Nuclear energy program is Iran’s legal right: Soltanieh
Press TV -(Thu Apr 4, 2013) Iran’s Ambassador to the International Atomic Energy Agency (IAEA) Ali Asghar Soltanieh says the country’s nuclear energy program is a legal right and a national issue with a bright future ahead.
“Iran uses nuclear technology for completely peaceful objectives, which have been reiterated in the NPT (the Non-Proliferation Treaty), such as energy generation and its use for scientific purposes including in medical and agricultural sectors,” Soltanieh said on Wednesday.
He added that, through its nuclear energy program, Iran seeks a new opportunity to enter modern economic fields.
The envoy emphasized that the global arrogance uses Iran’s nuclear energy program as an excuse to exert pressure and issue threats against the country with the purpose of “preventing Iran from gaining access to a [reliable] energy source.”
Soltanieh said that Iran has so far had extensive cooperation with the UN nuclear agency in line with the NPT regulations and would proceed with its cooperation with the IAEA in the future.
The IAEA has inspected Iran’s nuclear sites without any limits and in accordance with the NPT and reported no diversion in the Islamic Republic’s nuclear energy activities, he pointed out.
Soltanieh’s remarks came ahead of a fresh round of talks between Iran and the five permanent members of the UN Security Council plus Germany known as the P5+1.
Officials from the P5+1 group, which comprises Britain, China, France, Russia, and the United States plus Germany, are due to hold two-day talks with the Iranian negotiators in the Kazakh city of Almaty on April 5-6.
Iran and the P5+1 have held several rounds of talks with a focus on the Iranian nuclear energy program. The last round of the negotiations between the two was held in Almaty on February 26-27.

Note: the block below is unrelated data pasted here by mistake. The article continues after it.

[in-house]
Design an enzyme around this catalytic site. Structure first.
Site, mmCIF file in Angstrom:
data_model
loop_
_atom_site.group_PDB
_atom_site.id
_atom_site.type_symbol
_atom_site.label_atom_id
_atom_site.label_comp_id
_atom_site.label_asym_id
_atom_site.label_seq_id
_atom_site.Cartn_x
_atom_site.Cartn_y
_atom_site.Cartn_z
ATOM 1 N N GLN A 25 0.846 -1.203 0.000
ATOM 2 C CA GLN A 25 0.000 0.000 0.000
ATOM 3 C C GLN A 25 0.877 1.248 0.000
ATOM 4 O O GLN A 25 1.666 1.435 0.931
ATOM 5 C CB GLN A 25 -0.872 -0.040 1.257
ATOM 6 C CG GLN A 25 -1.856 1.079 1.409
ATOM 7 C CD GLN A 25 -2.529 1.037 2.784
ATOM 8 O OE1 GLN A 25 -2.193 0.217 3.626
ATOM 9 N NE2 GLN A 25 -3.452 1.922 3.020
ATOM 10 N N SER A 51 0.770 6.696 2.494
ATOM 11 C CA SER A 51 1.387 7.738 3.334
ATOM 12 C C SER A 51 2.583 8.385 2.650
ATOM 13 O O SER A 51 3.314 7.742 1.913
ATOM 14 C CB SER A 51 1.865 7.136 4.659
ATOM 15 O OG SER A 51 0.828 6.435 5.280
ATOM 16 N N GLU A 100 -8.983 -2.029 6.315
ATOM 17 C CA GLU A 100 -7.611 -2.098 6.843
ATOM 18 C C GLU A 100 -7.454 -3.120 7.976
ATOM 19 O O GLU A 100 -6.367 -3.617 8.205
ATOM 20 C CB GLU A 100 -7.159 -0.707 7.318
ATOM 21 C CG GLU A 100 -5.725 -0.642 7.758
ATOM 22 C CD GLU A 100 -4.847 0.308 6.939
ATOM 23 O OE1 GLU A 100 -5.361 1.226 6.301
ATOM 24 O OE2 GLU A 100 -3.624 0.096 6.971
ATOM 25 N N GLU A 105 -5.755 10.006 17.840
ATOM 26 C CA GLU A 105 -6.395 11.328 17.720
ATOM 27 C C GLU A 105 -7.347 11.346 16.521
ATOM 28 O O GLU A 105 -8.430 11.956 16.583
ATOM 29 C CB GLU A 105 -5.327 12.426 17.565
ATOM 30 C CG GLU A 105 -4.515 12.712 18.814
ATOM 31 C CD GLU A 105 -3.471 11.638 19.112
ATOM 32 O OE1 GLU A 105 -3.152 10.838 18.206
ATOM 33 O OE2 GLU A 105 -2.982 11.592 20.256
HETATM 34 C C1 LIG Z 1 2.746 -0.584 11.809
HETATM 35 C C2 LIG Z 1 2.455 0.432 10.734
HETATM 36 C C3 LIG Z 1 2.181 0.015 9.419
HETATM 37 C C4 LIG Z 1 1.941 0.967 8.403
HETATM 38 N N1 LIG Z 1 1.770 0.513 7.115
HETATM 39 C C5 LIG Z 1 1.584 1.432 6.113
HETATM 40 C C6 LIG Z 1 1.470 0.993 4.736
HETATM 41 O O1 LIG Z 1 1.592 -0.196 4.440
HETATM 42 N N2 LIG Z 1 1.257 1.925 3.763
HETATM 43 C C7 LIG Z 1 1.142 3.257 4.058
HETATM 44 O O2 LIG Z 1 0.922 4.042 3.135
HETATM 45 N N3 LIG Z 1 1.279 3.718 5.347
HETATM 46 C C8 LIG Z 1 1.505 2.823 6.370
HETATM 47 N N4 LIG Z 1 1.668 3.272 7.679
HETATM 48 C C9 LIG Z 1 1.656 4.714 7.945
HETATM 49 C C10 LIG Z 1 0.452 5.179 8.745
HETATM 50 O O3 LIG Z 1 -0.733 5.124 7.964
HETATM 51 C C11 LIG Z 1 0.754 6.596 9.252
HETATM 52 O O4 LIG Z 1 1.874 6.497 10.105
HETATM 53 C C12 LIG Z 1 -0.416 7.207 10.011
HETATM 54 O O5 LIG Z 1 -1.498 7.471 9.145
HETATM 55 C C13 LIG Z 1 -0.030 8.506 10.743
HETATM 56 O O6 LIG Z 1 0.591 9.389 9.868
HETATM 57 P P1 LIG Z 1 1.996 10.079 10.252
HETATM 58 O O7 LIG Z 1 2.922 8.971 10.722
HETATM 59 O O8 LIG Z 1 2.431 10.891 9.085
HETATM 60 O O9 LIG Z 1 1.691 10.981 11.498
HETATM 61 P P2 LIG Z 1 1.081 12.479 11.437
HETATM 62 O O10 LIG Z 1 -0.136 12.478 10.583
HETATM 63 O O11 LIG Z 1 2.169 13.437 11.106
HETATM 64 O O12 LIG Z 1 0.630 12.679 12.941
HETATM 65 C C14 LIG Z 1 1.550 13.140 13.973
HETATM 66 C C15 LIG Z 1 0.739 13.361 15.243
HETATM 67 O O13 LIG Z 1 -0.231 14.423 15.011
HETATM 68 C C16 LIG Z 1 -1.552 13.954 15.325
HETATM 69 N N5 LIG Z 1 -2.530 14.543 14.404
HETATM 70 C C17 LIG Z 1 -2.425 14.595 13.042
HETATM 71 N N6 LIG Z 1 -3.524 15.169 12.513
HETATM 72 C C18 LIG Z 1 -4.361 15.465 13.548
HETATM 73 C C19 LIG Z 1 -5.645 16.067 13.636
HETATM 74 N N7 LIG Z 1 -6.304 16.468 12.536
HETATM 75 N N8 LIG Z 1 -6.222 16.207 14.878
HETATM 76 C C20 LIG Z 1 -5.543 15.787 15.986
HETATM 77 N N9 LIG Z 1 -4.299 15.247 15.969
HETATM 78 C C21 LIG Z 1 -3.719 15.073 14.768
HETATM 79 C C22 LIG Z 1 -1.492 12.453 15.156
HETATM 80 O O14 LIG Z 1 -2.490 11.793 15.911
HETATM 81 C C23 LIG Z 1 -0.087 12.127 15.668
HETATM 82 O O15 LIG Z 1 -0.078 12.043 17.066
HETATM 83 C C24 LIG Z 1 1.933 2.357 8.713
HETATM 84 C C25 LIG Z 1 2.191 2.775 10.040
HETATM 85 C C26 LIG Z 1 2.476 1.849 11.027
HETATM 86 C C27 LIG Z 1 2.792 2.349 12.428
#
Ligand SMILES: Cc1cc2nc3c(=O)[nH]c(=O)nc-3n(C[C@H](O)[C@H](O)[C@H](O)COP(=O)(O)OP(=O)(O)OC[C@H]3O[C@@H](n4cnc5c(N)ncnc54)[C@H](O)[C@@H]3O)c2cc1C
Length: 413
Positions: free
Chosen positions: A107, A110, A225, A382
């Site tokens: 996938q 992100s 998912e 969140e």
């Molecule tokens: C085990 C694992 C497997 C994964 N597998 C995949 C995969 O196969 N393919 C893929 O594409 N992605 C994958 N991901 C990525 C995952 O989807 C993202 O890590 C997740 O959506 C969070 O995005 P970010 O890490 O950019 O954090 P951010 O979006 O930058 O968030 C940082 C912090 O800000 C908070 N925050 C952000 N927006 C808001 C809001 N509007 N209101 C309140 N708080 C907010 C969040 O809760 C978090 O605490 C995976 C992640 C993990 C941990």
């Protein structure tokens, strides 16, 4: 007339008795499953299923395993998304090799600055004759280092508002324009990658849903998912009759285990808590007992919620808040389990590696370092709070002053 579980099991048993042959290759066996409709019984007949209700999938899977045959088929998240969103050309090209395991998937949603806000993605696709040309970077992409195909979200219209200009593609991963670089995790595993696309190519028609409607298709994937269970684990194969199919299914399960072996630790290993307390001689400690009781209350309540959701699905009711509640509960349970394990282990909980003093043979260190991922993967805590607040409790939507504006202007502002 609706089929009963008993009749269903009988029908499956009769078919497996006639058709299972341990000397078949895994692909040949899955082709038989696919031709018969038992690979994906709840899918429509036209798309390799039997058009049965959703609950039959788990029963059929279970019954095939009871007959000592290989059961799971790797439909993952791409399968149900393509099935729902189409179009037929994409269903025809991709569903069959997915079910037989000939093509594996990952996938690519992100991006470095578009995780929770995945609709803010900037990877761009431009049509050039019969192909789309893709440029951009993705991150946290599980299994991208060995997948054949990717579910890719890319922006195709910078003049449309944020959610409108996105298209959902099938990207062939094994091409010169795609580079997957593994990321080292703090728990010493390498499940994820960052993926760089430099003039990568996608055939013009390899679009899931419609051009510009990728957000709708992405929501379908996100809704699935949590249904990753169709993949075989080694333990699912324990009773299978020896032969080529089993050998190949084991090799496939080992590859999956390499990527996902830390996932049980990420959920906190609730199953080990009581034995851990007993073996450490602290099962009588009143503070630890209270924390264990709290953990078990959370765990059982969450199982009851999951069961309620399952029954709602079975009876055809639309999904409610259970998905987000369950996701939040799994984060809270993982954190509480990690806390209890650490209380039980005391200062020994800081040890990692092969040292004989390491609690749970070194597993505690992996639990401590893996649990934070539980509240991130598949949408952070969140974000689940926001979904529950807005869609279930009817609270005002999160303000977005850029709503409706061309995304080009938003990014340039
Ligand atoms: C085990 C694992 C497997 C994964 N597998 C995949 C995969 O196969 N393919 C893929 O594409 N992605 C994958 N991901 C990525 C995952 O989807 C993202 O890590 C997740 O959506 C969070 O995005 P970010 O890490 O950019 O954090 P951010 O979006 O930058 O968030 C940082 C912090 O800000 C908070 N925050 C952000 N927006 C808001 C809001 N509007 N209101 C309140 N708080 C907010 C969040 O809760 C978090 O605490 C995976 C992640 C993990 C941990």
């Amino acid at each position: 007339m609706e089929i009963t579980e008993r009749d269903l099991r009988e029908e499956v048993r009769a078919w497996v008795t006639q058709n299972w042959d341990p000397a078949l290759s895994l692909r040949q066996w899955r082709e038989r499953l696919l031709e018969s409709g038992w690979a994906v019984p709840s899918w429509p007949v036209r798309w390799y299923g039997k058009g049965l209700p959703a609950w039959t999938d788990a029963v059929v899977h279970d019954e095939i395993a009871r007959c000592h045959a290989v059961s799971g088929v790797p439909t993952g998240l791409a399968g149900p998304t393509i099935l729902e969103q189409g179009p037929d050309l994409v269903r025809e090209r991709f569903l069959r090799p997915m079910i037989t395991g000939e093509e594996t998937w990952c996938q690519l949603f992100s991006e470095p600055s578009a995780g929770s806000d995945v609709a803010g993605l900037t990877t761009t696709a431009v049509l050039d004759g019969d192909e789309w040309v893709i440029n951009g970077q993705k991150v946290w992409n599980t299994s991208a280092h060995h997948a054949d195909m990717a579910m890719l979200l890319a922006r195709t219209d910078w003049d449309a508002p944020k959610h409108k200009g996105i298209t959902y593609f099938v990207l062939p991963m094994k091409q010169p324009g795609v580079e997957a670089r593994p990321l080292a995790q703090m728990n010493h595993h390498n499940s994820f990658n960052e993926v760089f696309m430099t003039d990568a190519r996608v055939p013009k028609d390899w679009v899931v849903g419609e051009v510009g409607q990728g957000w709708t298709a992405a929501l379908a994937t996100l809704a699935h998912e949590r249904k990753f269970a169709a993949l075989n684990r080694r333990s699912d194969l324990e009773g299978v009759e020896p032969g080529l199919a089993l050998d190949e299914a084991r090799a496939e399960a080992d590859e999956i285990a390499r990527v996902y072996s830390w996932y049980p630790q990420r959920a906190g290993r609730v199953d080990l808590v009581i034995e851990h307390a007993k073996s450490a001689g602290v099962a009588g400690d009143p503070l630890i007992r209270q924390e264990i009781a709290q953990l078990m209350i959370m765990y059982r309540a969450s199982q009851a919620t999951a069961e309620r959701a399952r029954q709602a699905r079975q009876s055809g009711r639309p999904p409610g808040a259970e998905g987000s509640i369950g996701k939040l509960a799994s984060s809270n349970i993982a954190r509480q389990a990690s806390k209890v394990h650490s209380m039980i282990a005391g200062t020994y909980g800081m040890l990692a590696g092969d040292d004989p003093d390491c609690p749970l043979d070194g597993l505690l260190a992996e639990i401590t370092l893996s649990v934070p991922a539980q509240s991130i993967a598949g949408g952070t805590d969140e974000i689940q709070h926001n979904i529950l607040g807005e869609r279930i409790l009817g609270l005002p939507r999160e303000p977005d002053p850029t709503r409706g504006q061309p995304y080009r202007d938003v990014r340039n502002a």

The United States, Israel, and some of their allies have repeatedly accused Iran of pursuing non-civilian objectives in its nuclear energy program.
Iran rejects the allegations, arguing that as a committed signatory to the NPT and a member of the IAEA, it has the right to use nuclear technology for peaceful purposes.
Fars NA -(Thu Apr 4, 2013) Envoy Stresses Peaceful Nature of Iran’s N. Program
Iran’s Residing Representative at the International Atomic Energy Agency (IAEA) Ali Asqar Soltaniyeh once again underlined the peaceful nature of Tehran’s nuclear program.
“Iran uses nuclear technology for completely peaceful objectives, which have been reiterated in the NPT (the Non-Proliferation Treaty) such as energy generation and its use for scientific purposes, including for medical and agricultural sectors,” Soltaniyeh said on Wednesday.
The Iranian envoy said that Iran has had extensive cooperation with the IAEA in line with the NPT regulations and would proceed with its cooperation with the UN body in the future.
The latest report released by the International Atomic Energy Agency chief on Iran acknowledges that Tehran is conducting its uranium enrichment activities successfully and under the supervision of the UN nuclear watchdog’s inspectors.
Washington and its Western allies accuse Iran of trying to develop nuclear weapons under the cover of a civilian nuclear program, while they have never presented any corroborative evidence to substantiate their allegations. Iran denies the charges and insists that its nuclear program is for peaceful purposes only.
Tehran stresses that the country has always pursued a civilian path to provide power to the growing number of Iranian population, whose fossil fuel would eventually run dry.
Despite the rules enshrined in the Non-Proliferation Treaty (NPT) entitling every member state, including Iran, to the right of uranium enrichment, Tehran is now under four rounds of UN Security Council sanctions and western embargos for turning down West’s calls to give up its right of uranium enrichment.
Tehran has dismissed West’s demands as politically tainted and illogical, stressing that sanctions and pressures merely consolidate Iranians’ national resolve to continue the path.
The Islamic Republic says that it considers its nuclear case closed as it has come clean of IAEA’s questions and suspicions about its past nuclear activities.
Political observers believe that the United States has remained at loggerheads with Iran mainly over the independent and home-grown nature of Tehran’s nuclear technology, which gives the Islamic Republic the potential to turn into a world power and a role model for the other third-world countries. Washington has laid much pressure on Iran to make it give up the most sensitive and advanced part of the technology, which is uranium enrichment, a process used for producing nuclear fuel for power plants.